Automatic emergency braking would be a standard feature on all new commercial motor vehicles, including large trucks, under legislation introduced in July by Reps. Jesús “Chuy” García (D-IL) and Hank Johnson (D-GA).
Discussing the Safe Roads Act of 2019 (H.R. 3773) in a July 17 press release, García calls AEB technology “a simple, common-sense solution to deploy proven crash-avoidance technologies.”
According to Injury Facts, an online source of preventable death and injury statistics compiled by the National Safety Council, 4,657 CMVs were involved in fatal crashes in 2017 – a 9% increase from 2016 and a 45% increase since 2009.
Johnson introduced similar bills in 2011 and 2015; both followed incidents in which commercial trucks were involved in fatal crashes.
“Tragically, the simple installation of automatic braking systems on all commercial motor vehicles might have prevented these deaths and countless others across the country,” Johnson said in a July 16 press release. “America’s roads and highways should be safe for all drivers. Taking full advantage of technologies that are available and proven to anticipate and prevent crashes will save lives.”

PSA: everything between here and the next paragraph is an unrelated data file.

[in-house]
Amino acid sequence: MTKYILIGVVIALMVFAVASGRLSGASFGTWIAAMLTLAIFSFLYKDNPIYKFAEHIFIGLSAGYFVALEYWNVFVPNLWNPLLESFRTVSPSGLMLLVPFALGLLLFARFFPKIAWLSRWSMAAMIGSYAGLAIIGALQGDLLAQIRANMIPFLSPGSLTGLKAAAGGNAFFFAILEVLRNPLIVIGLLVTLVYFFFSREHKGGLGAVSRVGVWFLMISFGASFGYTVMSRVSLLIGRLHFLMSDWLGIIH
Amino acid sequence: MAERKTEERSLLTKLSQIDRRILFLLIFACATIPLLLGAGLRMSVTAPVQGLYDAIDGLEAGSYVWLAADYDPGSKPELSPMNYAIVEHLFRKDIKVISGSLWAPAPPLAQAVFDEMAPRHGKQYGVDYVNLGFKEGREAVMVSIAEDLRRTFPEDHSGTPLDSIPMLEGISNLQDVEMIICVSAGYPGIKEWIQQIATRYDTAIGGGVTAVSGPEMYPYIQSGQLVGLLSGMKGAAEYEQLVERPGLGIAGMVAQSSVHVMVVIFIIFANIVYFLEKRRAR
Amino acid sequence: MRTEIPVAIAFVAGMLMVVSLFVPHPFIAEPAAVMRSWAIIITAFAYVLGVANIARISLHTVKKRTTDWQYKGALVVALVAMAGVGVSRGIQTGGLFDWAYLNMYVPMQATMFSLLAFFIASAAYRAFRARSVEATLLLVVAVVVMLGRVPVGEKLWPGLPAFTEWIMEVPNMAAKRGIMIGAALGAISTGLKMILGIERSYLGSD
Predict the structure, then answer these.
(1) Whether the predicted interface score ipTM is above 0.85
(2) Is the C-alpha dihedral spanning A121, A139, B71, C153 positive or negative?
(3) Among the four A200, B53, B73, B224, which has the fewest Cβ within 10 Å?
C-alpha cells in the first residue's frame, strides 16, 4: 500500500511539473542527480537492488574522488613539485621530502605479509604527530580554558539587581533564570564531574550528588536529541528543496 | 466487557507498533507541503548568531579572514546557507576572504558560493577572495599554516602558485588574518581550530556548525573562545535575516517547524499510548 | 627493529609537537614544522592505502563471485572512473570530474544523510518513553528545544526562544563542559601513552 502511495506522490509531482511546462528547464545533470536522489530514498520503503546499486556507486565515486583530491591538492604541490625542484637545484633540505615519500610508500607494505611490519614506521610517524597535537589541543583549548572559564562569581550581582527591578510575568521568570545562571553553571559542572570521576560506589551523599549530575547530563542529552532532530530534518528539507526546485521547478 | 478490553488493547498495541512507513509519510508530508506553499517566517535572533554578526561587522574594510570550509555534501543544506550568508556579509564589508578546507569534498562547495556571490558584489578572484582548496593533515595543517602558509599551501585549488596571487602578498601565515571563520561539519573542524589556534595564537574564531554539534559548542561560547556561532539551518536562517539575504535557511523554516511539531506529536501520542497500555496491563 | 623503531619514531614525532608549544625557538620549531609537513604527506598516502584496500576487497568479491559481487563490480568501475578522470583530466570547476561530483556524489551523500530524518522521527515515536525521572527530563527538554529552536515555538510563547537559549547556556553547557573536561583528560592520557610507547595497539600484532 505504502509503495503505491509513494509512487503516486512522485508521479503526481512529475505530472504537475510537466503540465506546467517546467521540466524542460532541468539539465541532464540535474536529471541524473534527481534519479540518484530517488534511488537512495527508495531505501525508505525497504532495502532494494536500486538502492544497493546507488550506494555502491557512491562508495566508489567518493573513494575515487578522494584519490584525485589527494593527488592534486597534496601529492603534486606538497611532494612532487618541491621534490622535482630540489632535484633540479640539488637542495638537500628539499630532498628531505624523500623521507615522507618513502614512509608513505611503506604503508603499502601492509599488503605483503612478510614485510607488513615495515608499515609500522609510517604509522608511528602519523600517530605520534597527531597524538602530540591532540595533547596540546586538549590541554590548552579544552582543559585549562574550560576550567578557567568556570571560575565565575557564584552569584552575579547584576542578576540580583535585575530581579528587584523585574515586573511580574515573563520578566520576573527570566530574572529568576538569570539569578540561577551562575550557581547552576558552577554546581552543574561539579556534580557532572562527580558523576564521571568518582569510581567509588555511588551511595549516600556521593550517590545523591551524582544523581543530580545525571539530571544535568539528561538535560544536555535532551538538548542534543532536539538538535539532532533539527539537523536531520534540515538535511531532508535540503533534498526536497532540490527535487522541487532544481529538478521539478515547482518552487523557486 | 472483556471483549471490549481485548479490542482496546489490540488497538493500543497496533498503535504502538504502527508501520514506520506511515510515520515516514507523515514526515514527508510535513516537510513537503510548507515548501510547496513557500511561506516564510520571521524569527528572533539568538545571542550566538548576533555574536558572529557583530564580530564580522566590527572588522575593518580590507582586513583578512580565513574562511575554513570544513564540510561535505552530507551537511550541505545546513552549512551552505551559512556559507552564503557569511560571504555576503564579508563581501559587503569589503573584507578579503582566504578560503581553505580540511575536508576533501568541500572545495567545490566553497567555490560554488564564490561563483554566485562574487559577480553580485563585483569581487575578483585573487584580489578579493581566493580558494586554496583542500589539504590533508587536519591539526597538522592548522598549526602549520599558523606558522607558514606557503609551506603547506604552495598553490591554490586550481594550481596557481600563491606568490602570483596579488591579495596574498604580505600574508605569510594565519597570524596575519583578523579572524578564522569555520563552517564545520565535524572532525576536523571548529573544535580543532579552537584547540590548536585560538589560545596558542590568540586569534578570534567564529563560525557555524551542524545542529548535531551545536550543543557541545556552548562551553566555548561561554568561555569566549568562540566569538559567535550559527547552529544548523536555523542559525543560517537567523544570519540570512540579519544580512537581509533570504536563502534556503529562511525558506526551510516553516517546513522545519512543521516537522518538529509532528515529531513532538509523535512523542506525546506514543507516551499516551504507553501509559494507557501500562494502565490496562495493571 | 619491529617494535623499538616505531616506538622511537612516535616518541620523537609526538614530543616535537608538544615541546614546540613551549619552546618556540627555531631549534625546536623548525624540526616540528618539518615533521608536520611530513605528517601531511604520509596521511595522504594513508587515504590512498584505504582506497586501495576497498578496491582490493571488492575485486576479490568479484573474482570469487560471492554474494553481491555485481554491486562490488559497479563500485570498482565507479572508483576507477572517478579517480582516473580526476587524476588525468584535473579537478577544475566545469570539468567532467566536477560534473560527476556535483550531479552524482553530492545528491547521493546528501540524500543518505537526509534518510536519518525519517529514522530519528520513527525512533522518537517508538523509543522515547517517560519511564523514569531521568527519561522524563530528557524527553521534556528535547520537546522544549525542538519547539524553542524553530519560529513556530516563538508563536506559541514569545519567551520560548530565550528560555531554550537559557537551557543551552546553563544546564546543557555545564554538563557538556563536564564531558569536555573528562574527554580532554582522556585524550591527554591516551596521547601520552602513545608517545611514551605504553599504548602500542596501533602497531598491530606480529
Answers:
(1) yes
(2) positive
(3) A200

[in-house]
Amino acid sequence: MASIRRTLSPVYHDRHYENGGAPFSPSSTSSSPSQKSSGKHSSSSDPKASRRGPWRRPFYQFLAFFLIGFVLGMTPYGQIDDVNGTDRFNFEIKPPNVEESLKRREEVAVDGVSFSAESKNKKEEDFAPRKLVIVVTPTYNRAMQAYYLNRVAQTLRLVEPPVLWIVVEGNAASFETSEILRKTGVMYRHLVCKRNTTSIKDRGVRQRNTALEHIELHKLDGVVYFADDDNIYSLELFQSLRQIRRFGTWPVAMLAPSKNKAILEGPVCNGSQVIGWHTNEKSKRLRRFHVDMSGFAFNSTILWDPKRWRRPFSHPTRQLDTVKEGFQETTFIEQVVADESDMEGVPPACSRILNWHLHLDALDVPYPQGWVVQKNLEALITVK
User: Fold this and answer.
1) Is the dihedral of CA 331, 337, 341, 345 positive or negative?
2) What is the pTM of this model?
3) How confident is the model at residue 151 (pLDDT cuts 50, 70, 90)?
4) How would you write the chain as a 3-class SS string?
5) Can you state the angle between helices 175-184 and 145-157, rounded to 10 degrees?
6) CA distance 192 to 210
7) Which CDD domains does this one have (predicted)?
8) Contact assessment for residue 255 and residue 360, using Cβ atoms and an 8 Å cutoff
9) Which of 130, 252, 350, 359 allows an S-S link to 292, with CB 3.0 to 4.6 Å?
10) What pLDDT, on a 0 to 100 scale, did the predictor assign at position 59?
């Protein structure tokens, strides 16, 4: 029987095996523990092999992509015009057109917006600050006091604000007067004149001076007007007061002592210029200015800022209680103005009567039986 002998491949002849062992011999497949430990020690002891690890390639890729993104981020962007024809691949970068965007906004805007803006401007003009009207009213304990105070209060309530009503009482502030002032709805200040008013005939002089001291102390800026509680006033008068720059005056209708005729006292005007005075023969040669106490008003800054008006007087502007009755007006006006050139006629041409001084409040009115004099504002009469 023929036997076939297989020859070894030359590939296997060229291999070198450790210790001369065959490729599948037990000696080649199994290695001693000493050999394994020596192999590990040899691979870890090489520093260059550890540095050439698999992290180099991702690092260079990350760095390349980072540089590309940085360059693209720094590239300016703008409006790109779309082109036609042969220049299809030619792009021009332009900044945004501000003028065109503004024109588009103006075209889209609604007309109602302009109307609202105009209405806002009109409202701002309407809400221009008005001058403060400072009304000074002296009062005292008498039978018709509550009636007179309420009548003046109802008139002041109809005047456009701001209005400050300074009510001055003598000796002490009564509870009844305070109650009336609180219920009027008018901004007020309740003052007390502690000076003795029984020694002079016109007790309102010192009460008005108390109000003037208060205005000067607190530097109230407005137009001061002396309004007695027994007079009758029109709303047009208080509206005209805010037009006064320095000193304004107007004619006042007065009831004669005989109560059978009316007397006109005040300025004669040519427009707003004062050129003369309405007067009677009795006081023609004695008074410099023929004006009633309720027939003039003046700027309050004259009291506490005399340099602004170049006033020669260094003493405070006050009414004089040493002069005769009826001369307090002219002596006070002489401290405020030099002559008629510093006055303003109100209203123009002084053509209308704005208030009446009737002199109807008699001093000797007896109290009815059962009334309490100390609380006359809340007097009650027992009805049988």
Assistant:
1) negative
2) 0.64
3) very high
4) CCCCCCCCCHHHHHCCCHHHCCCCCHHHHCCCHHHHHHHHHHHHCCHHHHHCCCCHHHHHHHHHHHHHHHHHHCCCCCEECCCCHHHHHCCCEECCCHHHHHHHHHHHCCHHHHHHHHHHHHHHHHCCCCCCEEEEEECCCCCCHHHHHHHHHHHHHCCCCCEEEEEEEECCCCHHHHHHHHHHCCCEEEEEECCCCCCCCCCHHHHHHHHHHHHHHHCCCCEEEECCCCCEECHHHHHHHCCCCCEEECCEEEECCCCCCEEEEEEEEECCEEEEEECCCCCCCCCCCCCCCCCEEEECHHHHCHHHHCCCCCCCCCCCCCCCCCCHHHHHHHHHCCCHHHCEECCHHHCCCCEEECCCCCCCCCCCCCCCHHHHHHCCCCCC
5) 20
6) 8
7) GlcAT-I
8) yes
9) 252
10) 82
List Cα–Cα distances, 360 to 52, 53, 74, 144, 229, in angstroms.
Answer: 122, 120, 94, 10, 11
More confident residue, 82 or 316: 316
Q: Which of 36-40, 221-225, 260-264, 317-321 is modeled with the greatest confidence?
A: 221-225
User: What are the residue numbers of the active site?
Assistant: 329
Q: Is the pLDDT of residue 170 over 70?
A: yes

Numerous advocacy groups, including Advocates for Highway and Auto Safety and the Truck Safety Coalition, applaud the legislation.
“Truck crashes, deaths and injuries are unacceptably high,” AHAS President Cathy Chase said in a July 16 press release. “This carnage would not be tolerated in any other industry. It is imperative that Congress and the U.S. Department of Transportation get serious about solving this problem. Solutions, including requiring advanced technologies in all new trucks, are readily available – they just need to be implemented.”
Meanwhile, in a document published July 18, the Owner-Operator Independent Drivers Association Foundation cautions that advanced driver-assist systems, which include AEB, “are still in their infancy.”
Although the technologies “certainly hold potential,” the foundation claims, “they also pose new problems.” AEB systems, for instance, aren’t fully autonomous, the document states, and a majority “are designed to only work at low speeds, as sudden braking at higher speeds can startle a driver, leading to erratic driving behavior.”
The bill was referred July 17 to the House Highways and Transit Subcommittee, where it remained at press time.